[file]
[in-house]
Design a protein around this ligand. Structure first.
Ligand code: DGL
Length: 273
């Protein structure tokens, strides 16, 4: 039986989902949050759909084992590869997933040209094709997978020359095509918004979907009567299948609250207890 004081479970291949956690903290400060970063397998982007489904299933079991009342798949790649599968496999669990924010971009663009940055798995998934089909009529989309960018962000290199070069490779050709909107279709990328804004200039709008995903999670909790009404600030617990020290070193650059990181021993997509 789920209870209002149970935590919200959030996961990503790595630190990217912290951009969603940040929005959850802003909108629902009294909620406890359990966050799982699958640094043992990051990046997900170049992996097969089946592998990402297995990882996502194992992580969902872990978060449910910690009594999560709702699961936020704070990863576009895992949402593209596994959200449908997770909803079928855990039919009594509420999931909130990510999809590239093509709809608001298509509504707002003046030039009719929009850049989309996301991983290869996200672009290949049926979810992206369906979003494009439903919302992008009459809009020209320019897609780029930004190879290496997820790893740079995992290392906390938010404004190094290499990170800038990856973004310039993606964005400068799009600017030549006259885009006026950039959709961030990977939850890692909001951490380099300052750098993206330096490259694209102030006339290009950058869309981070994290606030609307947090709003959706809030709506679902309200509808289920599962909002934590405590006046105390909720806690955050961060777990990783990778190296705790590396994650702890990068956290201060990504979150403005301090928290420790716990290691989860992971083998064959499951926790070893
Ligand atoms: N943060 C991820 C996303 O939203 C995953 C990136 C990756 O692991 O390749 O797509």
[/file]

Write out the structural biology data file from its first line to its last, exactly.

[in-house]
Design a protein around this ligand. Structure first.
Ligand code: DGL
Length: 273
């Protein structure tokens, strides 16, 4: 039986989902949050759909084992590869997933040209094709997978020359095509918004979907009567299948609250207890 004081479970291949956690903290400060970063397998982007489904299933079991009342798949790649599968496999669990924010971009663009940055798995998934089909009529989309960018962000290199070069490779050709909107279709990328804004200039709008995903999670909790009404600030617990020290070193650059990181021993997509 789920209870209002149970935590919200959030996961990503790595630190990217912290951009969603940040929005959850802003909108629902009294909620406890359990966050799982699958640094043992990051990046997900170049992996097969089946592998990402297995990882996502194992992580969902872990978060449910910690009594999560709702699961936020704070990863576009895992949402593209596994959200449908997770909803079928855990039919009594509420999931909130990510999809590239093509709809608001298509509504707002003046030039009719929009850049989309996301991983290869996200672009290949049926979810992206369906979003494009439903919302992008009459809009020209320019897609780029930004190879290496997820790893740079995992290392906390938010404004190094290499990170800038990856973004310039993606964005400068799009600017030549006259885009006026950039959709961030990977939850890692909001951490380099300052750098993206330096490259694209102030006339290009950058869309981070994290606030609307947090709003959706809030709506679902309200509808289920599962909002934590405590006046105390909720806690955050961060777990990783990778190296705790590396994650702890990068956290201060990504979150403005301090928290420790716990290691989860992971083998064959499951926790070893
Ligand atoms: N943060 C991820 C996303 O939203 C995953 C990136 C990756 O692991 O390749 O797509």